Bitcoin and the Law - Whither Transactions?

Accepted Session
Short Form
Scheduled: Wednesday, June 19, 2013 from 4:45 – 5:30pm in B304


How does Bitcoin interact with the Uniform Electronic Transactions Act and other laws regulating ecommerce? Do those acts even contemplate a decentralized currency? Where do we go from here?


In the before-times, Judge Frank Easterbrook gave a speech entitled “Cyberspace and the Law of the Horse,” in which he argued that the internet did not require thinking about a “new kind of law.” Rather, the current legal framework would need to adapt itself to cases in which the internet was involved, using time-honored techniques of comparing facts from old situations to new situations. He recalled University of Chicago Law School dean Gerhard Casper’s comment that he was proud that there was no class entitled “Law of the Horse,” because such a course would be “doomed to be shallow and to miss unifying principles.”

Lawrence Lessig and others disagreed, suggesting that cyberspace was an entirely new thing, that required new regulatory models. Grafting established principles to cyberspace, they suggested, was substantially worse than treating the subject as a tabula rasa. Lessig in particular has championed the creation of new legal frameworks and assumptions that accommodate and regulate actions and transactions in cyberspace.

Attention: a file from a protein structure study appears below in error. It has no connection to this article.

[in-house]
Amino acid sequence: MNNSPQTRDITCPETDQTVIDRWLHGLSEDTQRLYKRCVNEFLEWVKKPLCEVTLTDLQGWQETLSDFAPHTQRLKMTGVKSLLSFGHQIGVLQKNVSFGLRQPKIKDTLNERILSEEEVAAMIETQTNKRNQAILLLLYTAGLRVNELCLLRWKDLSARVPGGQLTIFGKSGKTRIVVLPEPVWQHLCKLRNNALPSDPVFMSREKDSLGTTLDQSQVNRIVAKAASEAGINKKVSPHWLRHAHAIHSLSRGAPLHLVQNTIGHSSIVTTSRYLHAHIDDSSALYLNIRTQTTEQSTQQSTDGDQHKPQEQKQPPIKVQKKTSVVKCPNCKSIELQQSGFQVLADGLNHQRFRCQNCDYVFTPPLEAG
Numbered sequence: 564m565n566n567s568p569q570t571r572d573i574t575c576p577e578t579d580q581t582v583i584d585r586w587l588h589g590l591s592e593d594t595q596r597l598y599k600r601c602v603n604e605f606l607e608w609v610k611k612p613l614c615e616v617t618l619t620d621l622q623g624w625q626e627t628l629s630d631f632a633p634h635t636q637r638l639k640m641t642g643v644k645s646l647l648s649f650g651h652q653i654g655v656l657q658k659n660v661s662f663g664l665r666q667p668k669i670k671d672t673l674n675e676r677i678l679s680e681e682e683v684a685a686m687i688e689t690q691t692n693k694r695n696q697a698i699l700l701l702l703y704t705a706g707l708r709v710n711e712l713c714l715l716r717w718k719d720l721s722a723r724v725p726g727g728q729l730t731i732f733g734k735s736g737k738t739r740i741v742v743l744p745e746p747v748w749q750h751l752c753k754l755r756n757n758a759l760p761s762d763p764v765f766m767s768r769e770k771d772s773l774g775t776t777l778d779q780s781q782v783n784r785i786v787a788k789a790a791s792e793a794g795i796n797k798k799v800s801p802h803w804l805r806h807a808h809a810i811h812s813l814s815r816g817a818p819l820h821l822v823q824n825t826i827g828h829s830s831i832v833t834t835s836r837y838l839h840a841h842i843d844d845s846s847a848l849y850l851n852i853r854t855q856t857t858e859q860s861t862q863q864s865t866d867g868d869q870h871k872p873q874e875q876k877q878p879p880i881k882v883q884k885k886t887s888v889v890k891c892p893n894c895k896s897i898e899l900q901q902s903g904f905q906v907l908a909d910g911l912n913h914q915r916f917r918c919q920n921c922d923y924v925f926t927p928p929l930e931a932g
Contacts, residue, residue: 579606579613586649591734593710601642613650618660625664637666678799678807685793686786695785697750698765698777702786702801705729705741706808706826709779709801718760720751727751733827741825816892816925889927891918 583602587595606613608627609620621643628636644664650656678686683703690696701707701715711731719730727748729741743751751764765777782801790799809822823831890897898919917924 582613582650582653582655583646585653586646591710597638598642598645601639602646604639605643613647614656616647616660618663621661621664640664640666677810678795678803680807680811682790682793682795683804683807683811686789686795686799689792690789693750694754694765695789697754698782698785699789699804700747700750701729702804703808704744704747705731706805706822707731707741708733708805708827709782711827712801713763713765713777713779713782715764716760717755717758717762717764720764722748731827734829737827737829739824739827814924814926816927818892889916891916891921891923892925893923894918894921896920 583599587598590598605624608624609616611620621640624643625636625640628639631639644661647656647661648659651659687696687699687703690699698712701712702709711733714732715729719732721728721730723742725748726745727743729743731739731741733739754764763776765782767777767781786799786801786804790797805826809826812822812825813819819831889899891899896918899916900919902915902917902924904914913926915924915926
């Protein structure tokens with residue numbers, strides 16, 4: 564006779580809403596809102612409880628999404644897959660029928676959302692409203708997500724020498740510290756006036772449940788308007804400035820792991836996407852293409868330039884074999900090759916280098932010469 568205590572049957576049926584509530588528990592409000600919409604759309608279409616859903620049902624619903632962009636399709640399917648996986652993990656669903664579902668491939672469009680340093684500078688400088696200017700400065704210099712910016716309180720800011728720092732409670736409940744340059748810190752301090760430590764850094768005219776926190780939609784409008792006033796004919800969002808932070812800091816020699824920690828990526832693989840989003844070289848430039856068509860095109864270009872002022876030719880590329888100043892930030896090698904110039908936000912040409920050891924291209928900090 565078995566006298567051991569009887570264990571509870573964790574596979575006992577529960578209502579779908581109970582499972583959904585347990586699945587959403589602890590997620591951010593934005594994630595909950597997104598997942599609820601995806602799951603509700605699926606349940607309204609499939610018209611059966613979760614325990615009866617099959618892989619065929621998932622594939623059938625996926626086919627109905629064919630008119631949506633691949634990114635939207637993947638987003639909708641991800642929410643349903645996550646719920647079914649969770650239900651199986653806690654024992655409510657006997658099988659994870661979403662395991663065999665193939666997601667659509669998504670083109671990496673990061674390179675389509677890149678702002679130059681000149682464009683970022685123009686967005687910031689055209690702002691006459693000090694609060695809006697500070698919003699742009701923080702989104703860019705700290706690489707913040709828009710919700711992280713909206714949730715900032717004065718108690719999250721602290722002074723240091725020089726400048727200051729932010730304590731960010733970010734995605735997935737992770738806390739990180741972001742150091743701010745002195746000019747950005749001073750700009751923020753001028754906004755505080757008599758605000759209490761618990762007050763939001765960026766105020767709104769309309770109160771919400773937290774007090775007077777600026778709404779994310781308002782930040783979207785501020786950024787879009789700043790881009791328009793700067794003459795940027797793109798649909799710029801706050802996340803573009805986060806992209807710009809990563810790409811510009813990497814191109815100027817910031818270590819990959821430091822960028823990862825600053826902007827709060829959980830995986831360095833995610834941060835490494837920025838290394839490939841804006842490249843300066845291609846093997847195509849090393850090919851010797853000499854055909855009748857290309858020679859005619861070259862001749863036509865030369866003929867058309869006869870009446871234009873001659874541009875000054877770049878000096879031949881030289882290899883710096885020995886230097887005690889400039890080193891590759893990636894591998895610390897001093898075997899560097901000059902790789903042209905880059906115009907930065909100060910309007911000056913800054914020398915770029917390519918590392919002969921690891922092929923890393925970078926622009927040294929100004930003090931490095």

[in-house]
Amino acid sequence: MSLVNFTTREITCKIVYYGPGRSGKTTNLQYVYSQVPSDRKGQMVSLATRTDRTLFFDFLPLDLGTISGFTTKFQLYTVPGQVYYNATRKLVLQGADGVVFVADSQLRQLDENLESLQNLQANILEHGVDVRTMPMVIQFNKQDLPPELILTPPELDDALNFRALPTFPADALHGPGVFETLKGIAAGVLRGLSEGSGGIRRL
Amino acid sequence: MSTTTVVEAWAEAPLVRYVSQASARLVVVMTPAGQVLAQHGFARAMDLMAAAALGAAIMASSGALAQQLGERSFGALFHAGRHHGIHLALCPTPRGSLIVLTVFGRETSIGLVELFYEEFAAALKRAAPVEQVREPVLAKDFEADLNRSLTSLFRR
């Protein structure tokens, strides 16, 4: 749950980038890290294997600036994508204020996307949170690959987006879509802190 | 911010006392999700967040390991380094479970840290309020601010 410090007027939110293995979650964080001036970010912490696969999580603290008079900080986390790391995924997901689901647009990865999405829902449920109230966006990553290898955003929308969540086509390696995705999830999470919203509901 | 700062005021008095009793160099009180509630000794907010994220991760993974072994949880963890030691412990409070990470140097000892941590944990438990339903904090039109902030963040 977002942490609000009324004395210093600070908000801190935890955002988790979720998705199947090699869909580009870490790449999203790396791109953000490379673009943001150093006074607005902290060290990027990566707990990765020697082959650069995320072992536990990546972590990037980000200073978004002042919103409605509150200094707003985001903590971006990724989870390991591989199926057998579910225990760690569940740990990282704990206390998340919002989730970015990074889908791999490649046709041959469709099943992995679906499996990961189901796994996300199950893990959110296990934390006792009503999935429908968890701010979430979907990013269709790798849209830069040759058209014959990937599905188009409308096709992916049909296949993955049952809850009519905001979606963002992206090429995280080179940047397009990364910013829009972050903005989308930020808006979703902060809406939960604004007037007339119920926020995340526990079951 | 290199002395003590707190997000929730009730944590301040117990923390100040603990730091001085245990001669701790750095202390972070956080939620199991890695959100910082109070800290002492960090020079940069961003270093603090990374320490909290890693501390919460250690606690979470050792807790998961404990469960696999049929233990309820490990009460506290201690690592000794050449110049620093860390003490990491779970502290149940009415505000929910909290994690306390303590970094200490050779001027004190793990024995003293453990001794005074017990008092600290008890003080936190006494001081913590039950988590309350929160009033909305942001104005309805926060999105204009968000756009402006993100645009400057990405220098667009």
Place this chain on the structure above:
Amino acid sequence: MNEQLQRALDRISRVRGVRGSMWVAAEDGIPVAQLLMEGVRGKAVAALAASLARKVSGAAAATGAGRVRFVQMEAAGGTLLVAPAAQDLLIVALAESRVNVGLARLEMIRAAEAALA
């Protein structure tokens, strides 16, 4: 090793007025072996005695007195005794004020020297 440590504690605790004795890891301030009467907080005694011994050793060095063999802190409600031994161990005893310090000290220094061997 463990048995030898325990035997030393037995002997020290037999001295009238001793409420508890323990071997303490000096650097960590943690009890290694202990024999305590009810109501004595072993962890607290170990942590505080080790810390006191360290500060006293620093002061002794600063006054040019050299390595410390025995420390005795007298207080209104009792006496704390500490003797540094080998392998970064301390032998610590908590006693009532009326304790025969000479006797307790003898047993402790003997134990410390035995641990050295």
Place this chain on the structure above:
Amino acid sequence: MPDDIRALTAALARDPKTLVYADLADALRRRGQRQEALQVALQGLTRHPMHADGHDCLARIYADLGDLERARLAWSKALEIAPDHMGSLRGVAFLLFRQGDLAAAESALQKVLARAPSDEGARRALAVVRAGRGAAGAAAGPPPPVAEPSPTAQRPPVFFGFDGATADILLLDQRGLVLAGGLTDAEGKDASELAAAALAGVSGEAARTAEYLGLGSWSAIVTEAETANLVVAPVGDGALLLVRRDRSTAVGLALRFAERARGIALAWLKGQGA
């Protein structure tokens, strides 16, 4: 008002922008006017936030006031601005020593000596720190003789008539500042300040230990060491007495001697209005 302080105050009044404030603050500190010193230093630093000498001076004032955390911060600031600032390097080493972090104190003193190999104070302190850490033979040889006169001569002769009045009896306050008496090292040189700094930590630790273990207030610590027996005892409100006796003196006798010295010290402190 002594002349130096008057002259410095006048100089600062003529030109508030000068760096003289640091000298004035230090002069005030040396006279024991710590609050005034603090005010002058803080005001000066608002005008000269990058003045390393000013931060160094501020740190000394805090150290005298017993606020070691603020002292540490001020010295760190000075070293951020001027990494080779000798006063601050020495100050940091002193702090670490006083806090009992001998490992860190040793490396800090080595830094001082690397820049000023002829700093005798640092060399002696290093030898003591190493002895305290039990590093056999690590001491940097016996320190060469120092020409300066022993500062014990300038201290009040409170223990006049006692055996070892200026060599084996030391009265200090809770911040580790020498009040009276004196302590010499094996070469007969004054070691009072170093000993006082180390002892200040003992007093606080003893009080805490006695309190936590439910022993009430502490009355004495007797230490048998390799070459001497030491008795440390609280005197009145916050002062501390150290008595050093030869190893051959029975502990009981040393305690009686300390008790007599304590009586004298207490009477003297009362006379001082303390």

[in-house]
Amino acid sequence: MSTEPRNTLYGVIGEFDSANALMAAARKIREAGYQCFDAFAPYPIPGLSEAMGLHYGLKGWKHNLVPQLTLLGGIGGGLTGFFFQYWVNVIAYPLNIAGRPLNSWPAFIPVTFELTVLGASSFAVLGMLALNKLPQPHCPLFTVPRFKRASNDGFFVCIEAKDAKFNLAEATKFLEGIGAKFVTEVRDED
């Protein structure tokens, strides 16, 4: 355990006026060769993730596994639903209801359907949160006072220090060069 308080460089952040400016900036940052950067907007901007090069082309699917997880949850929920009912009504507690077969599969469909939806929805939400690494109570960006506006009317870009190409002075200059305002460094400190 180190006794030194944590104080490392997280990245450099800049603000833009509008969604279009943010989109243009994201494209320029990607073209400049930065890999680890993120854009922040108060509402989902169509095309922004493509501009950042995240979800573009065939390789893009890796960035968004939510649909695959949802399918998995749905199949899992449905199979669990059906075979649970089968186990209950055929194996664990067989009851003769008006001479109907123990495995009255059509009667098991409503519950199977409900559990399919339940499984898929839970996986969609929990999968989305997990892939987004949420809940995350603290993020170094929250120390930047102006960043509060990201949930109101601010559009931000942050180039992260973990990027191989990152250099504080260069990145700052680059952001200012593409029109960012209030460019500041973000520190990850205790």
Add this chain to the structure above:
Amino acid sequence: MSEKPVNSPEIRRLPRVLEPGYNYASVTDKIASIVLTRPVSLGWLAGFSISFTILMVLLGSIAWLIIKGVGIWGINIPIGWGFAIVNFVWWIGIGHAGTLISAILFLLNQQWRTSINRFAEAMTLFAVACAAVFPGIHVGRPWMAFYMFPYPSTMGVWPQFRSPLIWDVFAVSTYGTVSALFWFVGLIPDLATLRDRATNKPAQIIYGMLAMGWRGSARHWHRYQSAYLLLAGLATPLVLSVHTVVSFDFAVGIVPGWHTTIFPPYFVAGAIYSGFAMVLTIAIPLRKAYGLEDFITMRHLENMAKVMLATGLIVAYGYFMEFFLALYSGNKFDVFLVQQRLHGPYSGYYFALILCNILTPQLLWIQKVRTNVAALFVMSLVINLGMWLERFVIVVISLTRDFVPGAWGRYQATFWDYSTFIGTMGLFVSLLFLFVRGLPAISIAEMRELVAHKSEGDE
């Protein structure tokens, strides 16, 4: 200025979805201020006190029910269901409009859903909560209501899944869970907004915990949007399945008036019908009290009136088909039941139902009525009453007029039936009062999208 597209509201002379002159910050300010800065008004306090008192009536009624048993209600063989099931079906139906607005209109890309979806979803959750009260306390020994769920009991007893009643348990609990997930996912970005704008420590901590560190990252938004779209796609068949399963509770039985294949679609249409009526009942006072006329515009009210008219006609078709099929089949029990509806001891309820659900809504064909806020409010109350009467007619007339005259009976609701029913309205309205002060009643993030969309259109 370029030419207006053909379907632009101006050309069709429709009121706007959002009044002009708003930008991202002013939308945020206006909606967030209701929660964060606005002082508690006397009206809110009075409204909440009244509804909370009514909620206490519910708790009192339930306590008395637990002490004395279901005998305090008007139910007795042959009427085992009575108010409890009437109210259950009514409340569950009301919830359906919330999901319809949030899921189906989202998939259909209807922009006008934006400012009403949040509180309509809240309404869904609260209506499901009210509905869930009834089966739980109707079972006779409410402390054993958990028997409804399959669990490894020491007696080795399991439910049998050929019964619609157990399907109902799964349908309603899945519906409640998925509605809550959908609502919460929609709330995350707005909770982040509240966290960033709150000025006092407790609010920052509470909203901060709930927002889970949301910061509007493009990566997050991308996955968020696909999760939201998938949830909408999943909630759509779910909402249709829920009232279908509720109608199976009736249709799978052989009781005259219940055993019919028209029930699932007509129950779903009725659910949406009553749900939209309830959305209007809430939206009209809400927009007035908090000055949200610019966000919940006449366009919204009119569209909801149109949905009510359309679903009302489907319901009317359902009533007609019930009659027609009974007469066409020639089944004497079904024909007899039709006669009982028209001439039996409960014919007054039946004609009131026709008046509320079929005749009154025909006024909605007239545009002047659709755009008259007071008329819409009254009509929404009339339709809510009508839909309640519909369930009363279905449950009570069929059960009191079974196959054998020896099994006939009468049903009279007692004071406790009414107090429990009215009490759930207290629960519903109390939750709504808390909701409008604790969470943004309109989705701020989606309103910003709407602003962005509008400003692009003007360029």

Subsequent acts of Congress have leaned closer to Easterbrook than Lessig, creating model acts for electronic transactions that mirror the current regulations underlying all banking and other traditions of transactional law.

But Bitcoin might be the technology that broke the horse’s back. As a decentralized currency, that can be “minted” by anyone with sufficient processing space, and spreads across geographical boundaries in an instant, it is alarming to governments and confounding to the average businessman. But the cool kids seem to like it – its adoption is becoming increasingly widespread.

In this talk I’ll hit the high points of the law and then address what Bitcoin might mean for the future of transactional law.

Speaking experience

Recently, three talks at Ignite Portland, and a prior presentation at Open Source Bridge.

In the past, I was deeply involved in competitive speech and debate throughout high school, college, and beyond.
Ignite videos:

I have not given this talk before.